In the morning I woke up knowing that I was absolutely broke, but it was necessary to have a drink. Very urgent. A matter of life and death. I got up, thanking God it was not necessary to dress because yesterday I fell asleep fully clothed. Outside it was very cold and my zipper was broken. I almost froze my balls off before I reached Dawn’s Tavern, where my buddies usually congregate. But fuck, it was empty. Everybody was still sleeping. What to do. I barely scraped some change for a small glass of beer, alone. I tried to talk the barmaid into giving me a drink on credit but she refused, the grated pussy, saying, “I once poured a guy a shot of vodka on credit, but he never gave me money back, since then I don’t trust anybody for any reason.”
Yeah, no luck, I mused, looking out the window at a completely empty, extinct downtown. For the third or fourth day, I really lost the count, people are celebrating a holiday. Probably they got a little tired, finally. Waiting for company, I thought about one summer day when I was without a cent and I felt lousy. Nobody was around to help me out for fuck’s sake. I was hanging around this same tavern for about four hours, bumming cigarettes from the passers-by and hoping against hope that some kind guy would show up. And indeed, my old buddy appeared closer to the evening full of money. We had great time then.
Yesterday was also a lucky day. First, as usual, no money, no drink. Then I met Cossack from Furmanov St., but he was broke too. Yes, it was still early in the day, everyone was probably asleep. At last we met Vakunja on Mayakovsky St. at our favorite bistro. He is a hunter there. Our friend is somewhat sad and has a shiner. It turned out that somebody beat him up at the bistro the other day. When drunk, Vakunja becomes insane and understands nothing. The guy doesn’t watch his mouth and as a result sometimes gets it on the nose.
Vakunja bought me and Cossack drinks, but he himself was short of money and not in a very good mood, even though he smeared with cold cream his black eye. Only one thing pleased him, namely that the Ukraine was finally shut off from the gas. This fact cheered up other friends, whom we met later outside that Pioneer Cafe next to the movie theater. They treated us to some beer. The cold beer made the night frostier. But then someone brought a plastic bottle of cheap red wine for only twenty-nine rubles. We talked and laughed for some time and felt much better. It got a bit warmer despite the freezing cold. Gradually, though, the wine ended and our friends went home. Just Cossack and I remained near the cafe. What could we do? Some other men prone to pessimism might have fallen into despair, but not us, because we are optimists by nature.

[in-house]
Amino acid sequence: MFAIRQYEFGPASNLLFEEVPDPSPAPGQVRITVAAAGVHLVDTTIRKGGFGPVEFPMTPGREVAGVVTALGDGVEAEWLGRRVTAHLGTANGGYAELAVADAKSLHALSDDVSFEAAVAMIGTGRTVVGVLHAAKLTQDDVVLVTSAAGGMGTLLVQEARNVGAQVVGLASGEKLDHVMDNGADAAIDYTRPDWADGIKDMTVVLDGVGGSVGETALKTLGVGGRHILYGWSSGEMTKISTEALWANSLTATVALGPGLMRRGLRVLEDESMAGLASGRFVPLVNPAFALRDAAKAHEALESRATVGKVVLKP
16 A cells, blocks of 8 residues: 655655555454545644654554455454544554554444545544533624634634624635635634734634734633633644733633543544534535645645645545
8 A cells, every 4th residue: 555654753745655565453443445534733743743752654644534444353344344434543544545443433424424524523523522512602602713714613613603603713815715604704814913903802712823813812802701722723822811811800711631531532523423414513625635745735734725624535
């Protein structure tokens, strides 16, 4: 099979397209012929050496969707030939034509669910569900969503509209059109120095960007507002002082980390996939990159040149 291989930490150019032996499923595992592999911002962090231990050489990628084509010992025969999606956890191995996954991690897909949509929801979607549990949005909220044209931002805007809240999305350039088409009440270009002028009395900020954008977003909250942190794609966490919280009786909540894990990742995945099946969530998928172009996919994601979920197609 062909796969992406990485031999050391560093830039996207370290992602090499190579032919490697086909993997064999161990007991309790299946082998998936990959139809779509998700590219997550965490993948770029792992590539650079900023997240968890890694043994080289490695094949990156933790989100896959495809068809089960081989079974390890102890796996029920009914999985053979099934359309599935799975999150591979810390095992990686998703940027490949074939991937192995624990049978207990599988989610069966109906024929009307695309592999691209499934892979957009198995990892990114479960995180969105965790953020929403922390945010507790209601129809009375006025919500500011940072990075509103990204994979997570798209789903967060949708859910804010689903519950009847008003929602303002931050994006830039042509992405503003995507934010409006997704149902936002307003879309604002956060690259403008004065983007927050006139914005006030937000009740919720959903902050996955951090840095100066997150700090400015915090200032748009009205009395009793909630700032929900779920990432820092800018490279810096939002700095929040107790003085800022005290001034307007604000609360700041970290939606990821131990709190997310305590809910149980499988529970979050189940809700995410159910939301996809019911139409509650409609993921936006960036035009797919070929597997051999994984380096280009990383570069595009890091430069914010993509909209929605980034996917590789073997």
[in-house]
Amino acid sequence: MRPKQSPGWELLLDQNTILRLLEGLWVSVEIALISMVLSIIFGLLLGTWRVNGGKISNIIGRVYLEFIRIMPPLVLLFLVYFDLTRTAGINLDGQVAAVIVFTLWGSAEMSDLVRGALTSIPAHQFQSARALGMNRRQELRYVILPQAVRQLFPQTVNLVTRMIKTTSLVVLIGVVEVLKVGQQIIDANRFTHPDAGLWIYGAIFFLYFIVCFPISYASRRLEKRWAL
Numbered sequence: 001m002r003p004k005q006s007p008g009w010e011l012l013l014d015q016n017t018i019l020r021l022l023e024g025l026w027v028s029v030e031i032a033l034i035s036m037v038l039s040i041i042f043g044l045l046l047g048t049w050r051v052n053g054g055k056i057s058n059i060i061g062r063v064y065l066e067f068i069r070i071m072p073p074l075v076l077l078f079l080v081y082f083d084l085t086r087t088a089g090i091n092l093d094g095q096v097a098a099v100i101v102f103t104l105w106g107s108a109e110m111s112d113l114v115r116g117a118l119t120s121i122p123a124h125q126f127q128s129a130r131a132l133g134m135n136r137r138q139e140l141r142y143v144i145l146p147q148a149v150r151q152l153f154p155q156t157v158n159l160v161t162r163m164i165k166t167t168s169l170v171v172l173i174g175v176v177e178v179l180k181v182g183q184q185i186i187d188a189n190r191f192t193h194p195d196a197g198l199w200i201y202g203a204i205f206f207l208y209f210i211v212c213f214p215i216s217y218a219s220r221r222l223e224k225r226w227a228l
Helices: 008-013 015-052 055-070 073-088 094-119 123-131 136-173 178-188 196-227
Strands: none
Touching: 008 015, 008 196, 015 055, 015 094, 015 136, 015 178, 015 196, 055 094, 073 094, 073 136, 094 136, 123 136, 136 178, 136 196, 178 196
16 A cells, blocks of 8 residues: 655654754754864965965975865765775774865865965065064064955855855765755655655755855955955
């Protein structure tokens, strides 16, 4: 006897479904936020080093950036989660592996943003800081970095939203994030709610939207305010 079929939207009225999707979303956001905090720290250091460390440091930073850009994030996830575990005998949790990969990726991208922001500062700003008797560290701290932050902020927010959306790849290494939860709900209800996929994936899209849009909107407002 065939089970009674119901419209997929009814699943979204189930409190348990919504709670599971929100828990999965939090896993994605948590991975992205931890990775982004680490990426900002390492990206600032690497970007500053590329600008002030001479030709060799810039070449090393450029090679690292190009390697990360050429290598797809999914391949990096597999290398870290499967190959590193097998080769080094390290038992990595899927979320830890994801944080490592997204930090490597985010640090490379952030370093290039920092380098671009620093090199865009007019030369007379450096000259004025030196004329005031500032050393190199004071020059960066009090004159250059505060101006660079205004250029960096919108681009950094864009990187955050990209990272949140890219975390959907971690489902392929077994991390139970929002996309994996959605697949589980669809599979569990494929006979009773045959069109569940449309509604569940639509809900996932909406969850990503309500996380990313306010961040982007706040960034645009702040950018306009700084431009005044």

So we go along the street, hoping to meet somebody. Then I saw outside that joint on Soviet St. a familiar yellow pate. Nobody else there but Kluger, our buddy, and next to him, as usual, was Bob, Vlad, Nick, and some other friends. I instantly felt a little bit warm and relaxed, even though it’s freezing, under forty degrees, and always Russia.
The guys were celebrating the holiday and asked whether we want to have a drink. Sure we do! What a silly question. Well, Cossack and I immediately dove into the heat of the joint and found our table set up with vodka and all sorts of snacks. At once I put down a glass of the swill stuff, even if I had been boozing for seven days or so and had eaten very little.
Well, it turned out that Vlad sold his flat and now spends all his money on drinks, treating everybody of our warm company. It happens. As for Vlad, he is an insane and unpredictable guy. He graduated from college but he never worked by profession. He said he visited Paris but he didn’t remember anything because he got absolutely stoned on the first day of the arrival and never stopped drinking during the visit.
We sat in the joint pretty tight. If the bottles became empty, Vlad gave money, and someone sitting on the edge of the table would go to the bar for more swill stuff. How nice it was to be in that warm company among friends who understand and treasure you. Now that’s not often the case.
Then gradually the boys began to get loaded. Kluger was the first to call himself a cab because he lives pretty far away from downtown, where we usually get together for a drink. Vlad then began to throw up right on the table. Bob passed out and did not react to bumps on the shoulder and even on his blunt head. He’s not a bad kid, but quite gloomy and gets drunk quickly. Only Cossack and I stayed sober, more or less. Eventually my friend lost his temper, though, when a sucker at the next table said something in favor of Ukraine. They started to fight.
So, we had some good times, once, but no luck today. Sooner or later somebody from our warm company will appear. Soon. To be sure. One hundred percent, sure.